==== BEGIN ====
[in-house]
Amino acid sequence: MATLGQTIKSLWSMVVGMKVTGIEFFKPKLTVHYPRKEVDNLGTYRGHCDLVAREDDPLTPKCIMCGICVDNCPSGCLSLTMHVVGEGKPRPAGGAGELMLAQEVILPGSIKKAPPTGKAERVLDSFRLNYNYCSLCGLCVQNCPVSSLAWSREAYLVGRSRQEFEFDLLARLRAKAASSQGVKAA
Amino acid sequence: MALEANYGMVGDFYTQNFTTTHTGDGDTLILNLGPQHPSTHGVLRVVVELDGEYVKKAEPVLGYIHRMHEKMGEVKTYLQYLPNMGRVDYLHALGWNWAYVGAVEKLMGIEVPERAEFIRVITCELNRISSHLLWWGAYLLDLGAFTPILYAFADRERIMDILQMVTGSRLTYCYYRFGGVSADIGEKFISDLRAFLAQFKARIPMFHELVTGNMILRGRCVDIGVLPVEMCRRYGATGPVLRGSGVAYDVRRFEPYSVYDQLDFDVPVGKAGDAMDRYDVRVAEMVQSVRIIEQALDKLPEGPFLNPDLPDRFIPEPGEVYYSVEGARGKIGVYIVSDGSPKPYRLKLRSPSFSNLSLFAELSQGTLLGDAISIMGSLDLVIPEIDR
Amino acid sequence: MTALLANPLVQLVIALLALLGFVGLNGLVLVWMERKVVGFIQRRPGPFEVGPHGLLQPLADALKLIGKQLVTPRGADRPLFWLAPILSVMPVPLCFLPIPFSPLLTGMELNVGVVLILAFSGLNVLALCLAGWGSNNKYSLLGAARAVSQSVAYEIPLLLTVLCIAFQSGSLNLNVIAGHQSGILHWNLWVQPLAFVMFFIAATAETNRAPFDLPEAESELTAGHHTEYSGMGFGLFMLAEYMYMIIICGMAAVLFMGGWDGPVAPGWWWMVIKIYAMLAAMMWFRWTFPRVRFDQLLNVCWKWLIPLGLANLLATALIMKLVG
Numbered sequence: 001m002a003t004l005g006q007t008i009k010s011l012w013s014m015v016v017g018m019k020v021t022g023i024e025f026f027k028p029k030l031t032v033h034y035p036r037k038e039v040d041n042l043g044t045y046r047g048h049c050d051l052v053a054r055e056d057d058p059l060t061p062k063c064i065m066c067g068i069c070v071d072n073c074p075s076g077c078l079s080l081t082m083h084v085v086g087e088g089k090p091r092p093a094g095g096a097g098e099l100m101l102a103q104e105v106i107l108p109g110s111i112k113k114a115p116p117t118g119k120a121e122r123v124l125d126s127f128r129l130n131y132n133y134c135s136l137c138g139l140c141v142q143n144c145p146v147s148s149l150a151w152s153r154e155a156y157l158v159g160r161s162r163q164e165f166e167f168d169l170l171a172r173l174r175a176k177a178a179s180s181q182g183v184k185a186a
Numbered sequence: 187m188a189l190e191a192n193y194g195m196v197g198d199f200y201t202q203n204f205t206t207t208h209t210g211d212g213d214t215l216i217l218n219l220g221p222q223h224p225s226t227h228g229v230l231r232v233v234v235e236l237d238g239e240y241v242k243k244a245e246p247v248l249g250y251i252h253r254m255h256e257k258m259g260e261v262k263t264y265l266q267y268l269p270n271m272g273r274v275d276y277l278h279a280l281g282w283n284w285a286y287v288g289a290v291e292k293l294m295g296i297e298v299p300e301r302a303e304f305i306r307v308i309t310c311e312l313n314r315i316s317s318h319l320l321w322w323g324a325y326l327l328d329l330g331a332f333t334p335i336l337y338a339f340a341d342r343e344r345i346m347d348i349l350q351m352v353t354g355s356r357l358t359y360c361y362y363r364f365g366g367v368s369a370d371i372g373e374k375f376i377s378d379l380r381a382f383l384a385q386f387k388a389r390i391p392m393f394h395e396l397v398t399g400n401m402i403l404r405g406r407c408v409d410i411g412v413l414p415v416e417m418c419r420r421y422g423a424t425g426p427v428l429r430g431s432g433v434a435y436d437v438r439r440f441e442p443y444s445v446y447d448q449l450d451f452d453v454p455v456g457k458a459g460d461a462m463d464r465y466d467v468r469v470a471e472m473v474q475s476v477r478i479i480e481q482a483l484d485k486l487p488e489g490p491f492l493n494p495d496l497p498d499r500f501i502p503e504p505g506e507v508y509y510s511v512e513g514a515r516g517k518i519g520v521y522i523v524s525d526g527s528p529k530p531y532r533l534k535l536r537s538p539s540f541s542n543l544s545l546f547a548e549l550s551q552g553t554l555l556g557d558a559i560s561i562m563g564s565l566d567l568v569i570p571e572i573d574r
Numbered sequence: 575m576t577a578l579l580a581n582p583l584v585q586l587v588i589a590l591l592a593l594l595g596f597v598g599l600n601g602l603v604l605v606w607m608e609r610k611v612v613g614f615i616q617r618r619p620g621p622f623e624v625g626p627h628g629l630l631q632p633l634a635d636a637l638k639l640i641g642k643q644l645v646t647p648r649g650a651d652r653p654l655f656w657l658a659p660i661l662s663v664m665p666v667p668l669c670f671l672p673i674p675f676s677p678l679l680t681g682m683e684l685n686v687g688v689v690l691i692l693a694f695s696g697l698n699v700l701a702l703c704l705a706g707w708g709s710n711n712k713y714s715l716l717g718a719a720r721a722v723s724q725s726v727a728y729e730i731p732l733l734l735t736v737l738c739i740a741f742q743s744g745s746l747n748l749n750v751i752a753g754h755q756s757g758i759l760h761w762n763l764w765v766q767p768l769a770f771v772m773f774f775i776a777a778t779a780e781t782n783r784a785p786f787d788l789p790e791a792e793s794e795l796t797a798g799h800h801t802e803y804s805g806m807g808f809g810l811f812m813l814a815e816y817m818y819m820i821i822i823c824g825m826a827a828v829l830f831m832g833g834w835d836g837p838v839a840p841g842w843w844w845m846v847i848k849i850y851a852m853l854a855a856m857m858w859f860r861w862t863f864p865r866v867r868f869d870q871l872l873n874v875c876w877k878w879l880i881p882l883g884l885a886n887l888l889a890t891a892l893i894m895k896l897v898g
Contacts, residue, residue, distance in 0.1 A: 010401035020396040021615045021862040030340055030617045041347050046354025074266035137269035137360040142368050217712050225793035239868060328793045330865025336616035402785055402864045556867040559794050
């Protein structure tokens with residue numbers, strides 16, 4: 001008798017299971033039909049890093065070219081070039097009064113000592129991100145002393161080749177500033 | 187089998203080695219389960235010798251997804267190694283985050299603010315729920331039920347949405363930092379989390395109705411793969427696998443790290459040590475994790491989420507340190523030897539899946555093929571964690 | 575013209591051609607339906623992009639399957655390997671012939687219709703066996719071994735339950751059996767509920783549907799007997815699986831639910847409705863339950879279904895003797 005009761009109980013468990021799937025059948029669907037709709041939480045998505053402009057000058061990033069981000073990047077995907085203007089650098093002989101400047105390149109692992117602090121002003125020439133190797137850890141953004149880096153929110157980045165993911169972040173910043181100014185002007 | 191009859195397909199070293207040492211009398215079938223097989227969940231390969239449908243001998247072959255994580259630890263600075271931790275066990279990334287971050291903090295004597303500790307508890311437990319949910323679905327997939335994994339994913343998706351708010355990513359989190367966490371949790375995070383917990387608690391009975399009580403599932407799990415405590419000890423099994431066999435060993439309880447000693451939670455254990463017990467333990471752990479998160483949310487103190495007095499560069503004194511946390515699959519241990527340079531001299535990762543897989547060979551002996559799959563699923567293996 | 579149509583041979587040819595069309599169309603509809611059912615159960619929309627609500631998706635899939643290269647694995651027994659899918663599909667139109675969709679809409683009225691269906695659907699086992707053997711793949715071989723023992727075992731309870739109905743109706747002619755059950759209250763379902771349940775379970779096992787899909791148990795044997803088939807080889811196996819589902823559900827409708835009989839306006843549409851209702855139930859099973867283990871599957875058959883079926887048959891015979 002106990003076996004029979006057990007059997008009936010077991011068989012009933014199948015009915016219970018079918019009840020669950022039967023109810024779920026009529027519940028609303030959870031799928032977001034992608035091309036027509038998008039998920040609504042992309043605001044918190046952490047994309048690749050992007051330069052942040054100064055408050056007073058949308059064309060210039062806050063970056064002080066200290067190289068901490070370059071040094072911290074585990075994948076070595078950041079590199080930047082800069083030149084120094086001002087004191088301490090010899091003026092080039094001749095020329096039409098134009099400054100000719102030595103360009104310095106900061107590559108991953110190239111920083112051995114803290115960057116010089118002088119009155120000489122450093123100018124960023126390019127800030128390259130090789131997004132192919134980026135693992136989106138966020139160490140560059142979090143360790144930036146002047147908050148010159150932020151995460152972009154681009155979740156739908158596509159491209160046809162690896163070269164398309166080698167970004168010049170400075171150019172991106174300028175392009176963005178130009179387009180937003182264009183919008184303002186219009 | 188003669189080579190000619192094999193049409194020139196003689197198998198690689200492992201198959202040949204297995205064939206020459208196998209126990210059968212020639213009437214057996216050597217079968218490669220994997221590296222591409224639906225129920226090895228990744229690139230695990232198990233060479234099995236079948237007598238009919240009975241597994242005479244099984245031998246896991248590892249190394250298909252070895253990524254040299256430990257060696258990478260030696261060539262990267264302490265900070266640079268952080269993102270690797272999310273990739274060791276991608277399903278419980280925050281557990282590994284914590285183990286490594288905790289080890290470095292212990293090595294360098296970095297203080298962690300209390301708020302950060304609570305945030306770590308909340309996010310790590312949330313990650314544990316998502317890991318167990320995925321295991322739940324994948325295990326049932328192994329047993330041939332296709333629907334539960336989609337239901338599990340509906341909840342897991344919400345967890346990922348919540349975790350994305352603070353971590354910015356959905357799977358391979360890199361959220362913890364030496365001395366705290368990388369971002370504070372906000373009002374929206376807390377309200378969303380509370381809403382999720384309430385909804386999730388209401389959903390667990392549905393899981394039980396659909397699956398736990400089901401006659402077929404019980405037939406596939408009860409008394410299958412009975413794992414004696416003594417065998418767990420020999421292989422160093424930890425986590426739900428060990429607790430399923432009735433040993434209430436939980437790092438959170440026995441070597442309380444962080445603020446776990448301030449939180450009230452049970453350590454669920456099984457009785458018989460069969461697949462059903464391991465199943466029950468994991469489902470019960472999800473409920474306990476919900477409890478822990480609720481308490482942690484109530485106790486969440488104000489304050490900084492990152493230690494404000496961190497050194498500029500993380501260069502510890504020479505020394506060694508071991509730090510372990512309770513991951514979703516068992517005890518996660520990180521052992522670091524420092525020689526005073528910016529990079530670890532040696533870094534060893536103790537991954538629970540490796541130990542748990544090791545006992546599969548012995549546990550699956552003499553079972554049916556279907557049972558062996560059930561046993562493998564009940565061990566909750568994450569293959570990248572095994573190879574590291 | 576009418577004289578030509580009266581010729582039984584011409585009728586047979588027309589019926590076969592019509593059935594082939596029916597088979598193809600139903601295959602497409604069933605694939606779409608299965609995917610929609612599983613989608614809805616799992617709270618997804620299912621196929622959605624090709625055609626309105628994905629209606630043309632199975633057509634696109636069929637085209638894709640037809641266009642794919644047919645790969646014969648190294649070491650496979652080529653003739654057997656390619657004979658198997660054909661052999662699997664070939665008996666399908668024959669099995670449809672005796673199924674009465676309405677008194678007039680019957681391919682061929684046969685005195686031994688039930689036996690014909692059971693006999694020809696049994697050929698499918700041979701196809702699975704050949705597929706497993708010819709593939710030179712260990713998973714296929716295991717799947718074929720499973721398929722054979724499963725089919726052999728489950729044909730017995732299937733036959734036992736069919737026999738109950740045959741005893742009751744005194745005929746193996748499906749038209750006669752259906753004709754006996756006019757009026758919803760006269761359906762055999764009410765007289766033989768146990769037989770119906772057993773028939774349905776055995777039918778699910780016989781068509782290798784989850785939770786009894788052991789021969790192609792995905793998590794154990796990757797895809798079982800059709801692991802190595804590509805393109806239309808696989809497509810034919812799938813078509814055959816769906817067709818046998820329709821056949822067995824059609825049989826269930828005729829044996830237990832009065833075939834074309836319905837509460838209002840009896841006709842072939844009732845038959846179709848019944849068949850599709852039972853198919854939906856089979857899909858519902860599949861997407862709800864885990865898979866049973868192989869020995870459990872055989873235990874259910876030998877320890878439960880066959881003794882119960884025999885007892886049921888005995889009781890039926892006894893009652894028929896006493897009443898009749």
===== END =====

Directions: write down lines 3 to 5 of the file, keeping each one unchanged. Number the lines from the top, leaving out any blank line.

Amino acid sequence: MALEANYGMVGDFYTQNFTTTHTGDGDTLILNLGPQHPSTHGVLRVVVELDGEYVKKAEPVLGYIHRMHEKMGEVKTYLQYLPNMGRVDYLHALGWNWAYVGAVEKLMGIEVPERAEFIRVITCELNRISSHLLWWGAYLLDLGAFTPILYAFADRERIMDILQMVTGSRLTYCYYRFGGVSADIGEKFISDLRAFLAQFKARIPMFHELVTGNMILRGRCVDIGVLPVEMCRRYGATGPVLRGSGVAYDVRRFEPYSVYDQLDFDVPVGKAGDAMDRYDVRVAEMVQSVRIIEQALDKLPEGPFLNPDLPDRFIPEPGEVYYSVEGARGKIGVYIVSDGSPKPYRLKLRSPSFSNLSLFAELSQGTLLGDAISIMGSLDLVIPEIDR
Amino acid sequence: MTALLANPLVQLVIALLALLGFVGLNGLVLVWMERKVVGFIQRRPGPFEVGPHGLLQPLADALKLIGKQLVTPRGADRPLFWLAPILSVMPVPLCFLPIPFSPLLTGMELNVGVVLILAFSGLNVLALCLAGWGSNNKYSLLGAARAVSQSVAYEIPLLLTVLCIAFQSGSLNLNVIAGHQSGILHWNLWVQPLAFVMFFIAATAETNRAPFDLPEAESELTAGHHTEYSGMGFGLFMLAEYMYMIIICGMAAVLFMGGWDGPVAPGWWWMVIKIYAMLAAMMWFRWTFPRVRFDQLLNVCWKWLIPLGLANLLATALIMKLVG
Numbered sequence: 001m002a003t004l005g006q007t008i009k010s011l012w013s014m015v016v017g018m019k020v021t022g023i024e025f026f027k028p029k030l031t032v033h034y035p036r037k038e039v040d041n042l043g044t045y046r047g048h049c050d051l052v053a054r055e056d057d058p059l060t061p062k063c064i065m066c067g068i069c070v071d072n073c074p075s076g077c078l079s080l081t082m083h084v085v086g087e088g089k090p091r092p093a094g095g096a097g098e099l100m101l102a103q104e105v106i107l108p109g110s111i112k113k114a115p116p117t118g119k120a121e122r123v124l125d126s127f128r129l130n131y132n133y134c135s136l137c138g139l140c141v142q143n144c145p146v147s148s149l150a151w152s153r154e155a156y157l158v159g160r161s162r163q164e165f166e167f168d169l170l171a172r173l174r175a176k177a178a179s180s181q182g183v184k185a186a